SB 1121 (Dodd) – This measure comes in the aftermath of a series of data breaches that amplified with last year's massive Equifax scandal, which hit more than 145 million U.S. consumers (59% of the U.S. adult population).  SB 1121 will encourage better data management practices, boost accountability and prevent future incursions by adding teeth to California’s Information Practices Act and providing civil damages between $200 and $1,000 for victims of database breaches. Fact sheet (PDF)   STATUS: Approved by Senate, in Assembly

REDUCING COSTS, SPEEDING CIVIL JUSTICE

SB 1012 (Hertzberg) – SB 1012 will allow more cases to qualify for California's expedited jury trials, saving time and money for all parties as well as taxpayer dollars by freeing up crowded courtrooms. Under current law, expedited trials are required with some exceptions for "limited" civil cases seeking $25,000 or less. SB 1012 would expand that threshold to cases up to $50,000. It also is expected to be amended to add an additional tier for cases above $50,000 in an effort to increase court efficiencies by incorporating possible new procedures including reasonable limits on discovery, the number of expert witnesses and the use of better technology.  Fact sheet (PDF)   STATUS: Approved by Senate, in Assembly

PATIENTS RIGHT TO KNOW


SB 1448 (Hill) – This measure would require doctors placed on probation for a serious offense after July 2019 to notify their patients of their discipline prior to the patient's first visit. It applies only to doctors on probation for offenses such as sexual abuse or misconduct, drug or alcohol abuse, a criminal conviction involving harm to patient health or safety, or inappropriate prescribing. SB 1448 would correct the problem with doctors who have histories of sexual assault or other serious misconduct hiding their misdeeds for years or in some cases even decades without their patients knowing. The recent case against Olympic team doctor Larry Nassar, who was convicted after decades of abusing the athletes under his care, highlights the need to protect patients when regulators fail to act. Fact sheet (PDF)  STATUS: Approved by Senate, in Assembly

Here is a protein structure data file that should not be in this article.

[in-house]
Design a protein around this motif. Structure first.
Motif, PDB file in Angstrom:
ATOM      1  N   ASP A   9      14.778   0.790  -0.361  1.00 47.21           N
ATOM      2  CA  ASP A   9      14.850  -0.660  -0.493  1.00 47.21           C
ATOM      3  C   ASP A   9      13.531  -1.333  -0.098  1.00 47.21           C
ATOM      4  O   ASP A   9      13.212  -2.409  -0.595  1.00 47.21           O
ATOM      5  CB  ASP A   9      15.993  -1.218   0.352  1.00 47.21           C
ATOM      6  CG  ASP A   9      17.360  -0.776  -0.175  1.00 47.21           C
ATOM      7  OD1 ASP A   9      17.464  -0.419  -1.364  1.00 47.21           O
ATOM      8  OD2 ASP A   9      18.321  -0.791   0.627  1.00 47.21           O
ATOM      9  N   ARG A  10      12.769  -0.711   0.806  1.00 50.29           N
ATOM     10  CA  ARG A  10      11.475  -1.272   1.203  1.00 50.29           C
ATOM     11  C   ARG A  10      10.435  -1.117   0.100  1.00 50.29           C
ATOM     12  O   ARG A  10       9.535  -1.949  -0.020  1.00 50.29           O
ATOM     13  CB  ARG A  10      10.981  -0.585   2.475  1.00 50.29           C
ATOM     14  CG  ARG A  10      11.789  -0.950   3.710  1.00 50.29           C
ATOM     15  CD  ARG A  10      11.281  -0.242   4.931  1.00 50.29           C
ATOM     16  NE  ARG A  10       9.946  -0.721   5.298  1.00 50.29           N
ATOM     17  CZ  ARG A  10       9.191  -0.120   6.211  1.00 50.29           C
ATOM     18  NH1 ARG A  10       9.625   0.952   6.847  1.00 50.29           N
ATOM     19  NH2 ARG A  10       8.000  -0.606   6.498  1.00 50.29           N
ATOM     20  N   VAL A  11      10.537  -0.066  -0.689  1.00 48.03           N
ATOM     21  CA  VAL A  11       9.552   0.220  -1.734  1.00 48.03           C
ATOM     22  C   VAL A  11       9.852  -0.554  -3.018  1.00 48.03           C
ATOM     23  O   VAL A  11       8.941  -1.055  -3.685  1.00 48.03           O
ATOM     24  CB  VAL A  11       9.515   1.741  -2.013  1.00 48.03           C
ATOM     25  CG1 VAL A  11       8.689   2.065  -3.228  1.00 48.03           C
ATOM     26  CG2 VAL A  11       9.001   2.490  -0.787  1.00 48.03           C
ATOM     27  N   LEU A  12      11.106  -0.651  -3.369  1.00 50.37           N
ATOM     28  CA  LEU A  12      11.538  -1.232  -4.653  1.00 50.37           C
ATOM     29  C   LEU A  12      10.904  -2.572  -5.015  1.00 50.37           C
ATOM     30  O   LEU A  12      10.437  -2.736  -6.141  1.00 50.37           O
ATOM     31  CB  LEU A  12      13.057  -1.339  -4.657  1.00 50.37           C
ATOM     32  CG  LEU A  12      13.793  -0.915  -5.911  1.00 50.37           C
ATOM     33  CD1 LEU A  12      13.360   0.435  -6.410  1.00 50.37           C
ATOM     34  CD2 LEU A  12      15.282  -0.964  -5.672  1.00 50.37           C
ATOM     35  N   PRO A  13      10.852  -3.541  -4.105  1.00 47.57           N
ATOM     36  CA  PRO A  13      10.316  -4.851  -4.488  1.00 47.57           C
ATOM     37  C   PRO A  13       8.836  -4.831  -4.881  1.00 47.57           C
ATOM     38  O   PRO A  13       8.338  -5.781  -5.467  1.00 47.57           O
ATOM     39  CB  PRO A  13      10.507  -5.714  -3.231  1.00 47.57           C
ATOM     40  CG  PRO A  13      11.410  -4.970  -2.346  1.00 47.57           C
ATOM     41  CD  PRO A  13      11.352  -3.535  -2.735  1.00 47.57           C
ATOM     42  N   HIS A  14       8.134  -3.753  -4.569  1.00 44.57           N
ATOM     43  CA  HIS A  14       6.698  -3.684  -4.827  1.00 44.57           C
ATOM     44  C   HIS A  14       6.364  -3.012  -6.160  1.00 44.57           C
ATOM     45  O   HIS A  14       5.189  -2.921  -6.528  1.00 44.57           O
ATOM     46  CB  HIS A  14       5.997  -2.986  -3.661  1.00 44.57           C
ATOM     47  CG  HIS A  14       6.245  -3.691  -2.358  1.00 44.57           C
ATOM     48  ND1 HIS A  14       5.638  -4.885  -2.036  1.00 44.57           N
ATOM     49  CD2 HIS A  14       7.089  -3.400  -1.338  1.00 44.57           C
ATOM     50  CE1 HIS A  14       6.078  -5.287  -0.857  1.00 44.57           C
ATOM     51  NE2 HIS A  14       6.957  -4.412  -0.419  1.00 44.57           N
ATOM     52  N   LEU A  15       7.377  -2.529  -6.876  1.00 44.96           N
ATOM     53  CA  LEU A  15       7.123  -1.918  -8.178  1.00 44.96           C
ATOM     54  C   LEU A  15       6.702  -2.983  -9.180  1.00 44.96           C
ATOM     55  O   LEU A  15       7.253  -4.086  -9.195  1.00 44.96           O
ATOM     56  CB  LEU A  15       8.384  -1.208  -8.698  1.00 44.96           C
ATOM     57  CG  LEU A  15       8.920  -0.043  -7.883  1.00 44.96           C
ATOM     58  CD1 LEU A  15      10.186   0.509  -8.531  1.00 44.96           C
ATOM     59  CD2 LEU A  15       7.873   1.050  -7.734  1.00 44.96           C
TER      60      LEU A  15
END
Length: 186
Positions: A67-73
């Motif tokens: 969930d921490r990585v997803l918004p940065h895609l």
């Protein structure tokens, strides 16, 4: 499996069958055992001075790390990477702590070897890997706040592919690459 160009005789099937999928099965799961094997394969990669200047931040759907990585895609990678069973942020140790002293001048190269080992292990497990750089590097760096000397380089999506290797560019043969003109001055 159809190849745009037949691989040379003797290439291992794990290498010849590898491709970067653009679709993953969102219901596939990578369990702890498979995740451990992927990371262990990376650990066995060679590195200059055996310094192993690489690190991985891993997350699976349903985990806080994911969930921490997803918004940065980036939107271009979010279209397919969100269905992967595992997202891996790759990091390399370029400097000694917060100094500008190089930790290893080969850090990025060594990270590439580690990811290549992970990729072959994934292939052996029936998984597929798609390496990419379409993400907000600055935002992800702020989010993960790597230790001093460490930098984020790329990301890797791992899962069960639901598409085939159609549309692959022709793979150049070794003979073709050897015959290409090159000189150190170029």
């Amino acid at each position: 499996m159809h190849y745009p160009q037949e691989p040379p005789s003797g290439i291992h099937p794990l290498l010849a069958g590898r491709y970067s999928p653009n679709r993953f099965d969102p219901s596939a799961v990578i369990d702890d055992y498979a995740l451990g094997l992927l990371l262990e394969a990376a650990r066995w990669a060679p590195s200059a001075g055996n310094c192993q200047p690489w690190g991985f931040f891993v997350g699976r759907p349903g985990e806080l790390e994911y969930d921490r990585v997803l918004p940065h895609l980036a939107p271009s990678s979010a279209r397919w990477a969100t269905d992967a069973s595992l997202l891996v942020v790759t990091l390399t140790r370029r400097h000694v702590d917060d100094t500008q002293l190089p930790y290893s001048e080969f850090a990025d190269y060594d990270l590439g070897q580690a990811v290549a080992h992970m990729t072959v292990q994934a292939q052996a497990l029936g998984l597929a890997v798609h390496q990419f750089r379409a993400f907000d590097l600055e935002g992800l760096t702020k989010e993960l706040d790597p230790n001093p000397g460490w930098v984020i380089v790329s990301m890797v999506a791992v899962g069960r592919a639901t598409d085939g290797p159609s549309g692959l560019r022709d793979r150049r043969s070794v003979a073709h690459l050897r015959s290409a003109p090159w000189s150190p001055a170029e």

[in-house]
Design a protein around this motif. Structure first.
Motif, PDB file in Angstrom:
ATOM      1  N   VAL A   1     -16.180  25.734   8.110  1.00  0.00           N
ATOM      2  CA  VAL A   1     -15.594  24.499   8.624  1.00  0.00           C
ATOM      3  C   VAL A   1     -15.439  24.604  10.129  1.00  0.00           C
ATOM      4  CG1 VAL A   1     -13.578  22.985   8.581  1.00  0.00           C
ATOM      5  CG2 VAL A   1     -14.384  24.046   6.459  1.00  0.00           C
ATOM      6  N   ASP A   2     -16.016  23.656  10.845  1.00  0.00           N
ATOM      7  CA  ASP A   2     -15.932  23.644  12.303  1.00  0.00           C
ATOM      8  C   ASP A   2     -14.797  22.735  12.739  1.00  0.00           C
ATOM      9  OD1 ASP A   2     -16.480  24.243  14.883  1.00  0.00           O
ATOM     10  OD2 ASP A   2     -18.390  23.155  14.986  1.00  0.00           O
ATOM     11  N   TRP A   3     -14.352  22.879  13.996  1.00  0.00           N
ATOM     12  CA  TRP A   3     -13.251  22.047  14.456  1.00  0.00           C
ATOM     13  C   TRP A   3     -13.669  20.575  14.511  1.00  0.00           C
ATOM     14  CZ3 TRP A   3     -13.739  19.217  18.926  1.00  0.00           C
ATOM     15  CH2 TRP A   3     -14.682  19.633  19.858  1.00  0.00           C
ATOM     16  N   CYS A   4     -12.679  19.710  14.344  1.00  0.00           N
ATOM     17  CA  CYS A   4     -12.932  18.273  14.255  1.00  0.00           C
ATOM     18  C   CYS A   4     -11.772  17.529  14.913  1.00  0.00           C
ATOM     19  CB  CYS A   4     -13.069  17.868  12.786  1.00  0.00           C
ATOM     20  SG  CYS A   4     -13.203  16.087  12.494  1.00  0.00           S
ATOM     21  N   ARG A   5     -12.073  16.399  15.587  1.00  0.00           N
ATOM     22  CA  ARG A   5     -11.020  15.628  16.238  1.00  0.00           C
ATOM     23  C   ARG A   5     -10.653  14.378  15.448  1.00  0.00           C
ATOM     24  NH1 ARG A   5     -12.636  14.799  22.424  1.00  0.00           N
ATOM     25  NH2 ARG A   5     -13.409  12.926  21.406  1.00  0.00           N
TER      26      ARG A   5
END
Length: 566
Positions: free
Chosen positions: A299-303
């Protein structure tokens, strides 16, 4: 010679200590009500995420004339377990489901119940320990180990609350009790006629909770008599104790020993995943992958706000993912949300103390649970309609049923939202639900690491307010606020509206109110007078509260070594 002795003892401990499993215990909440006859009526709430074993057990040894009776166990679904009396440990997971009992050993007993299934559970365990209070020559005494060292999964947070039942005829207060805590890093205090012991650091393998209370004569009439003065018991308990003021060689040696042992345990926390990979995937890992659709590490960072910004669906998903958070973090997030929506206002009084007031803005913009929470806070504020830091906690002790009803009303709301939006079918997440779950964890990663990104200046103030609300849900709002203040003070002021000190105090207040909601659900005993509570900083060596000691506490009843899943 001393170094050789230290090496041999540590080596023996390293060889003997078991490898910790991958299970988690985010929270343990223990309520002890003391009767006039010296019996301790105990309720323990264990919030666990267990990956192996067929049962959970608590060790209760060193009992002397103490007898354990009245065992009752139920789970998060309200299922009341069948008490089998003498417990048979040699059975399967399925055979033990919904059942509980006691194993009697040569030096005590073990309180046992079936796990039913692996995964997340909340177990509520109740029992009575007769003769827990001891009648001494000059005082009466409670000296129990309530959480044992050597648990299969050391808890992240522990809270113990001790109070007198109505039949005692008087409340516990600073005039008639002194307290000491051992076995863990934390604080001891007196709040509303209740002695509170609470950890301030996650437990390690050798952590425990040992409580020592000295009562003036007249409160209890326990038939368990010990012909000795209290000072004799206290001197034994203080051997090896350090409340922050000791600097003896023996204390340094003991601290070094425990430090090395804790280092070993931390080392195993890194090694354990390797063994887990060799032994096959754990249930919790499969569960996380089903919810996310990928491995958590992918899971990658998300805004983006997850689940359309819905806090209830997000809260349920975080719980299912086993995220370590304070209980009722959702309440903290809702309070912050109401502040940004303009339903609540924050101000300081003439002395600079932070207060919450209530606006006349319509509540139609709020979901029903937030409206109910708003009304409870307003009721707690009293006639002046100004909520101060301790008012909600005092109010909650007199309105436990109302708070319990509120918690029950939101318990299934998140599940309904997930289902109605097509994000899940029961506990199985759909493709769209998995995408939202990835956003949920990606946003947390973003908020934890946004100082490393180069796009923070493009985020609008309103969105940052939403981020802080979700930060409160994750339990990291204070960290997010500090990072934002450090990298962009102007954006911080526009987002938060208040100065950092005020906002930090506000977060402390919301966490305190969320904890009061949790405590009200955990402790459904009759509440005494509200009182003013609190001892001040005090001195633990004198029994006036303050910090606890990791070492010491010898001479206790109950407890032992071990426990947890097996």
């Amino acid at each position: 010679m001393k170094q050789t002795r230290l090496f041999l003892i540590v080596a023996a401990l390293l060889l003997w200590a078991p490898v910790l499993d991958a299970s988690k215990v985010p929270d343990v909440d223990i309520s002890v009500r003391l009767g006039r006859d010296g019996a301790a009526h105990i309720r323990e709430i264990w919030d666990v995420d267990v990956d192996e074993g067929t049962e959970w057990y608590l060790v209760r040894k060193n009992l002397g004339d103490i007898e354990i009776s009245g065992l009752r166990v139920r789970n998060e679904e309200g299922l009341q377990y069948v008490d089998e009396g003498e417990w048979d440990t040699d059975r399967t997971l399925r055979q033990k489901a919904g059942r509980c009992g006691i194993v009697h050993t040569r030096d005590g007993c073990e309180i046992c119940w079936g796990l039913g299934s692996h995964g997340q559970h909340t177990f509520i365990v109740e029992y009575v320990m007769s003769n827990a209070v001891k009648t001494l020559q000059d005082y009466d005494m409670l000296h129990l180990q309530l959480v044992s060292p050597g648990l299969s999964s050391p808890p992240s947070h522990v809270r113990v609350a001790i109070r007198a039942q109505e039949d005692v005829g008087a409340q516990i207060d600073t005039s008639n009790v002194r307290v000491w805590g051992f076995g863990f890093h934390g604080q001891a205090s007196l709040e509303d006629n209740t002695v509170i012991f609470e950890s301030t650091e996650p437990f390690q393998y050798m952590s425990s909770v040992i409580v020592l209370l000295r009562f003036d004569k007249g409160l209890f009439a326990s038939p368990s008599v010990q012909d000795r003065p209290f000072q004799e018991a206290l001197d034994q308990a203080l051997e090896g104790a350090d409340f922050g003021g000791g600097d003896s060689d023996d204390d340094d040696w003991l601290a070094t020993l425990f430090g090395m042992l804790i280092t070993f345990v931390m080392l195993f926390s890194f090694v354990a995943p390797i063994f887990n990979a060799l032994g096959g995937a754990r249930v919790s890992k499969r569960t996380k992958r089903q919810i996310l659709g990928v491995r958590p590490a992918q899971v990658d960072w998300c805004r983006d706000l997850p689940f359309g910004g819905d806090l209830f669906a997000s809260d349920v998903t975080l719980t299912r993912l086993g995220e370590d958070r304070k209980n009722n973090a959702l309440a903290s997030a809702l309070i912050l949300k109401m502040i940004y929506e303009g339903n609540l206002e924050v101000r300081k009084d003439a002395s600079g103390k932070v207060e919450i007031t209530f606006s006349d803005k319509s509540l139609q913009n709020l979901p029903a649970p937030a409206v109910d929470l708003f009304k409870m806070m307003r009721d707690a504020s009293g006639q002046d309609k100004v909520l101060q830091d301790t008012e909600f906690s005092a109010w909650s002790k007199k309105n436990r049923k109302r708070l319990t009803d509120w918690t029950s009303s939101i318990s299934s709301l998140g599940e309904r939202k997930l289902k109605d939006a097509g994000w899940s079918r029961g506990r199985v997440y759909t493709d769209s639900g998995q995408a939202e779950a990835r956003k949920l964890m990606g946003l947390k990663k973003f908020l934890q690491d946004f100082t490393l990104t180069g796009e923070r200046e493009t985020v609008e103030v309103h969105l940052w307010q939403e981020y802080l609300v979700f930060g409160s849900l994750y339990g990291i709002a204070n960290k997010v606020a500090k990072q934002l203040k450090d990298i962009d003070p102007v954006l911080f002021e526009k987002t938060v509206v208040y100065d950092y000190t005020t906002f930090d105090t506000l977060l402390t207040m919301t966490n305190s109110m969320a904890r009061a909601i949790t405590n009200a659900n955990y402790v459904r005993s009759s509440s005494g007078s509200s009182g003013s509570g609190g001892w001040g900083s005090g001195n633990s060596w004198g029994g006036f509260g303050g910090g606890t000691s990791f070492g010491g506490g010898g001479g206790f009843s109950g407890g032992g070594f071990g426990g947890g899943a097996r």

MORE EFFICIENT CIVIL PROCEDURES

AB 2230 (Berman) – This court efficiencies measure will simplify the current procedure for separate statements. When parties have a discovery dispute, they file a motion to compel the discovery accompanied with a separate statement. Current court rules require so much detail in these separate statements that they often amount to anywhere from fifty pages to entire reams of paper. AB 2230 will promote efficiency by giving judges the option to require either a full separate statement or instead a concise outline of the discovery issues in dispute.  Fact sheet (PDF)   STATUS: Approved by Assembly, in Senate

HELPING ASBESTOS VICTIMS

SB 632 (Monning) – Clarifies that dying asbestos victims receive the benefit of current law that provides a presumptive time limit of a seven-hour deposition for dying victims. Fact sheet (PDF)   STATUS: Approved by Senate, in Assembly

CAOC 2017 Legislative wrap up (pdf)

CAOC 2016 Legislative wrap up (pdf)

CAOC 2015-16 Legislative Update and Defeated Bills (pdf)

CAOC 2015-2016 Legislative Report (CAOC members) (pdf)

CAOC 2014-2015 Legislative Report (CAOC members) (pdf)

CAOC 2013-2014 Legislative Report (CAOC members) (pdf) 

Join the Legislative Review Committee (pdf)

Legislative Archive